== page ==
Could Empty Office Buildings Be Transformed?

Could Empty Office Buildings Be Transformed?

The equivalent of 308 football fields of office space are vacant in Fairfax County.

“The flexibility offered, we think, is going to incentivize revitalization in Fairfax County.” — Scott Adams, land use attorney

There are a lot of empty office buildings around Fairfax County — the equivalent of more than 400 acres of floor space.

More than 18.4 million square feet of office space remains vacant, according to the Fairfax County Economic Development Authority (FCEDA), which reported a 15.8 percent direct vacancy rate in 2016 and a double-digit percentage since 2007.

The Planning Commission on Thursday, Nov. 16, recommended approval of a plan amendment that would pave the way for using vacant office buildings for other purposes, such as residential or schools.

“I think there is a pent-up demand that is out there and we’ve been approached by a number of people that are waiting for this amendment to go through,” said Scott Adams, land use attorney with McGuire Woods.

“The flexibility offered, we think, is going to incentivize revitalization in Fairfax County,” he said.

The Board of Supervisors will hold its own public hearing before voting on the proposal on Tuesday, Dec. 5.

“IS THERE POTENTIAL here for public private partnerships for converting and repurposing some of these buildings?” asked Dranesville Planning Commissioner John W. Ulfelder, during an hour-long public hearing the Planning Commission held on Nov. 2.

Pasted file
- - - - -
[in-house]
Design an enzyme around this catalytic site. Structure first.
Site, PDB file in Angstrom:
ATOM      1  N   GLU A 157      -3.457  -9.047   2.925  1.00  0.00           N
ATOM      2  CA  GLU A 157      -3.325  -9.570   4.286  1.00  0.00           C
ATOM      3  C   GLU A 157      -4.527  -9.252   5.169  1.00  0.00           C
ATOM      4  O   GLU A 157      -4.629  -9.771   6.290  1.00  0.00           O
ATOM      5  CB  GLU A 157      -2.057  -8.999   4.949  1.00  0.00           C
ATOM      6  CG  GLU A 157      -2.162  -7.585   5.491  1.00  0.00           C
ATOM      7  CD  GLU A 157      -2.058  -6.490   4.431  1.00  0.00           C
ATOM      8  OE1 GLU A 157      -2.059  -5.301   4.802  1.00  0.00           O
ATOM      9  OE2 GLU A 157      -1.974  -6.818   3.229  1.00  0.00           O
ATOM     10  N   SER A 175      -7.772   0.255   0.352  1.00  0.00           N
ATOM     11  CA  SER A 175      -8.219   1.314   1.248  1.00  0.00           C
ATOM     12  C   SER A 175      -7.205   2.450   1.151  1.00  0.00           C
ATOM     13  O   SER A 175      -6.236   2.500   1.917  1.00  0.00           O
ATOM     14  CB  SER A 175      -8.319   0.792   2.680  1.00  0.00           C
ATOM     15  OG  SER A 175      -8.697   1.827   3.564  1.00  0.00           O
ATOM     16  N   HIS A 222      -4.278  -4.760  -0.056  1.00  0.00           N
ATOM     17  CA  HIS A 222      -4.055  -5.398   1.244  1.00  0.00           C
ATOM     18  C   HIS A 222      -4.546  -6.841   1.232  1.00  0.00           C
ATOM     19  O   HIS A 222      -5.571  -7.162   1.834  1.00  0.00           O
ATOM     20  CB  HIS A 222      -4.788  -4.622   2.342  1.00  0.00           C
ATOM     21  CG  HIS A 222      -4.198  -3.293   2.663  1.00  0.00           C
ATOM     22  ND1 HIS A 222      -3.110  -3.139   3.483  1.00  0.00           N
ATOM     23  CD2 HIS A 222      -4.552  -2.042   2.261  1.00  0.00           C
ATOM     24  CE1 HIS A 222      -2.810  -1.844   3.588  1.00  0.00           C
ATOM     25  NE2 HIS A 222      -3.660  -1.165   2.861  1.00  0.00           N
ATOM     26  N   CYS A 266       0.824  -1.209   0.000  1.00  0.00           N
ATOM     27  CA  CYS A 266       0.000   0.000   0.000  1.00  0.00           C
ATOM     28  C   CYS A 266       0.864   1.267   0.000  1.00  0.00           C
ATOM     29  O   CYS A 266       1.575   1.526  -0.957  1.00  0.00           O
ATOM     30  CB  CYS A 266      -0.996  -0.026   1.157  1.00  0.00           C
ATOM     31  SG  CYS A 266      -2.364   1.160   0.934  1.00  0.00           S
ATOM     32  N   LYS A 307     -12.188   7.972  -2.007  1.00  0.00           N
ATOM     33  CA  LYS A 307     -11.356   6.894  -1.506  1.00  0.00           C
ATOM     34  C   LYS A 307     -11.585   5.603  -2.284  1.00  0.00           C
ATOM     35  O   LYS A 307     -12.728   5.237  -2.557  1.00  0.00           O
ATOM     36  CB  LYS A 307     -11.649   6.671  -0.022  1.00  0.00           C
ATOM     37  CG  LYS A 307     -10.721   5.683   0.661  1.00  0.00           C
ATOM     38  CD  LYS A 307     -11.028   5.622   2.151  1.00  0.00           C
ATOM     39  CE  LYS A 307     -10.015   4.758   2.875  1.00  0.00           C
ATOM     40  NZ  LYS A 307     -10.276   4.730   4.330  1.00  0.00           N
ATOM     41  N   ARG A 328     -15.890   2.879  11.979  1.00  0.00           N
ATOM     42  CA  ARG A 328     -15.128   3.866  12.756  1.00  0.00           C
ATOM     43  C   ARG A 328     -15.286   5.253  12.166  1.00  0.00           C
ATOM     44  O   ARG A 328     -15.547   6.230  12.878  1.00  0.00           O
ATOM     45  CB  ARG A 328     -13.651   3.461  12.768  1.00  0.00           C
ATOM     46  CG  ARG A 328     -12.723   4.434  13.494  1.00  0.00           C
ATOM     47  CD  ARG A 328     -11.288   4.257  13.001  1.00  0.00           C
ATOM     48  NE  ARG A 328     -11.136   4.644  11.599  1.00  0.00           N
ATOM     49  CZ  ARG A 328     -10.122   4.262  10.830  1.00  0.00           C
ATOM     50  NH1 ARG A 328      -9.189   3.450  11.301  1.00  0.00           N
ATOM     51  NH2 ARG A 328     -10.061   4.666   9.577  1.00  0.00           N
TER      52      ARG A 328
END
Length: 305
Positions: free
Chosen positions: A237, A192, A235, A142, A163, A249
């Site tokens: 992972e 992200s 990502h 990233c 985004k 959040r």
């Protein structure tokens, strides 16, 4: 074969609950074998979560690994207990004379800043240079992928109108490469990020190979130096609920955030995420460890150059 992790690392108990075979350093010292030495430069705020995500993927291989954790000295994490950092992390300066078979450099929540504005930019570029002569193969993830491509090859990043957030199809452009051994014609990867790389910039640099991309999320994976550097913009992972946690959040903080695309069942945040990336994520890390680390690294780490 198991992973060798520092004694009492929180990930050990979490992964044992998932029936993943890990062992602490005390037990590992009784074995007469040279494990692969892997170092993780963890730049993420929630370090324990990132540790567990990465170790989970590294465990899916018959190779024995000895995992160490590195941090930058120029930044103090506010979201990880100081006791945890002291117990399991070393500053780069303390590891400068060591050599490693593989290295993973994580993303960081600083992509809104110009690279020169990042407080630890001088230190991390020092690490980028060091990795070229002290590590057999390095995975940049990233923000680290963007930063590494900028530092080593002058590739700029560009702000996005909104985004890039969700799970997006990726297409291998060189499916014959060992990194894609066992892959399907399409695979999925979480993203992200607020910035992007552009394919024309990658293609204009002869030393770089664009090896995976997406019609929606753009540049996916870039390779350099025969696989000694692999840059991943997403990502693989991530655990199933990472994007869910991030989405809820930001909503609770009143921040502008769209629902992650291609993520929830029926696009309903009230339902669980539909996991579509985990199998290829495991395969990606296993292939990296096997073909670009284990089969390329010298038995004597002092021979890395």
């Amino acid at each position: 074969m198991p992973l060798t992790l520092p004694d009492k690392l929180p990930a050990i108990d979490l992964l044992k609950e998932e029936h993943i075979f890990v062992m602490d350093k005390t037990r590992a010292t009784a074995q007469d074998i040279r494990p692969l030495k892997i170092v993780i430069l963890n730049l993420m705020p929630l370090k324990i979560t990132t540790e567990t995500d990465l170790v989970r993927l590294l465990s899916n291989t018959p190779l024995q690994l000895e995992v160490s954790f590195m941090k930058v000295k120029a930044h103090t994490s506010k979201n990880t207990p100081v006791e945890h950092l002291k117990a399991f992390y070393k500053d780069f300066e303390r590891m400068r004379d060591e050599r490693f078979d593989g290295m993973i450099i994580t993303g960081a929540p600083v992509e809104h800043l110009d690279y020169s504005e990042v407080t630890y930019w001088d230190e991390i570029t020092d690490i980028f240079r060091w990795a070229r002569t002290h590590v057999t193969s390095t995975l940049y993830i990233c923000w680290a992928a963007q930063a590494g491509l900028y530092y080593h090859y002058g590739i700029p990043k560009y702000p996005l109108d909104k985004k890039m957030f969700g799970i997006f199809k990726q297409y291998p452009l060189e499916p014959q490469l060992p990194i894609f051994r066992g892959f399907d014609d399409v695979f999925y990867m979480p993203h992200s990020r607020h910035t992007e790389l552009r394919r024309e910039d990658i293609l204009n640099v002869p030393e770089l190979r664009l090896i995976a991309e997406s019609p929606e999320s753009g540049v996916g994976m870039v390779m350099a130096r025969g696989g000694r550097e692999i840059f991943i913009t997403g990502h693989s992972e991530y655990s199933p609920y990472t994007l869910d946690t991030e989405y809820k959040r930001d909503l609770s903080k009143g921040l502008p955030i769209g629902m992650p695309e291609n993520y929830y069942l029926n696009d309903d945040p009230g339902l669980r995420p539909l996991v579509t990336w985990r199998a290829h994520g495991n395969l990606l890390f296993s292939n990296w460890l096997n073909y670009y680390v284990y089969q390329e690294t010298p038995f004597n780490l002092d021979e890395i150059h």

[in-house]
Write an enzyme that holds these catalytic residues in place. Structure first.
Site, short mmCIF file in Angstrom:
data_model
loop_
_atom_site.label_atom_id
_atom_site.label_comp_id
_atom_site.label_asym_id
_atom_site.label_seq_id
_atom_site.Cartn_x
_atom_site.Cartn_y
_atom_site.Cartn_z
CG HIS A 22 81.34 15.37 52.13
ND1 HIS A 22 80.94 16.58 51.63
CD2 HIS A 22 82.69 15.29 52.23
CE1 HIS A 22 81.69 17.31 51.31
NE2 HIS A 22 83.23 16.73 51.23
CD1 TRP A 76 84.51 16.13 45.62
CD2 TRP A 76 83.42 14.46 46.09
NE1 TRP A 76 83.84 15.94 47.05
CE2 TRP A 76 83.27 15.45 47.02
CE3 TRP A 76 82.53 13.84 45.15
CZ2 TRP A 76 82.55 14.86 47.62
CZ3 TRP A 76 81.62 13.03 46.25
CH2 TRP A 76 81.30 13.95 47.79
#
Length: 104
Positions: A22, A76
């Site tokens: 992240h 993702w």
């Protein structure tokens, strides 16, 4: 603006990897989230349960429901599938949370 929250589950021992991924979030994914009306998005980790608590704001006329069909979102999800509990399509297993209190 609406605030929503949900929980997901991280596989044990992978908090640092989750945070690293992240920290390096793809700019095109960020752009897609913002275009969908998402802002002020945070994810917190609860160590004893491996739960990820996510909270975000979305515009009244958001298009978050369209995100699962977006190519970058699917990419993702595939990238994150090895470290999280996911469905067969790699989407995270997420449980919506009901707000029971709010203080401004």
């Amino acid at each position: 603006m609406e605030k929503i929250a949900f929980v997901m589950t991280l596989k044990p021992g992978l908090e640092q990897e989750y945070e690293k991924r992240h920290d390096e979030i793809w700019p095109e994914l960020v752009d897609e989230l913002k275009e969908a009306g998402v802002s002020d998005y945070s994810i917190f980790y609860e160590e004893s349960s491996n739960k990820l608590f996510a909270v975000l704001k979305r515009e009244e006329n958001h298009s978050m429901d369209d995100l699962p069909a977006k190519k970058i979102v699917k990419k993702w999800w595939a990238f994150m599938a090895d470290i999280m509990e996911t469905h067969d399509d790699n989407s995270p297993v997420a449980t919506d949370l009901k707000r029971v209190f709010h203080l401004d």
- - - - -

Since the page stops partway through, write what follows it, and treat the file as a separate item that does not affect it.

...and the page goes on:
“The answer to that has to be yes, whether that’s schools or other facilities,” said attorney Gregory Riegle, who chairs the Tysons Partnership. “I’m certainly encouraged in seeing the county be more creative in terms of those solutions.”

Opportunities could include converting office buildings to uses such as makerspaces, food incubators, urban farming or flexible live/work units, schools and e-lofts, which can accommodate work or residential uses, or both.

The repurposing of existing buildings is frequently more sustainable than the demolition and replacement of structures and can shorten the time of bringing the building to market, according to county documents and planner Sophia Fisher.

Changes to these uses have often required an authorization of an amendment to the Comprehensive Plan by the Board of Supervisors if the proposed use is not consistent with the planned use.

“There’s no short-circuiting of the public process?” asked Providence Commissioner Phillip Niedzielski-Eichner.

The amendment would bypass the necessity for a site specific comprehensive plan amendment, Fisher said, but the remaining steps in the zoning process would still require public hearings and a vote by the Planning Commission and Board of Supervisors.

“You’re doing all of this with the trust in your own process and all the procedural protections that case by case review in this building allows,” said Riegle.

RESTON ASSOCIATION requested to be exempt from the plan amendment.

Reston advocates said that they have just been through a transit area planning process, and that the mix of residential and commercial is a more delicate balance in Reston.

Commissioner Ellen “Nell” Hurley (Braddock) who made a motion to exclude the exemption, said it would be unworkable to have the option to convert vacant office space to other uses in all but one part of the county.

The board recommended approval of the motion, with Hunter Mill Commission Frank de la Fe and at-large commissioner Tim Sargeant dissenting.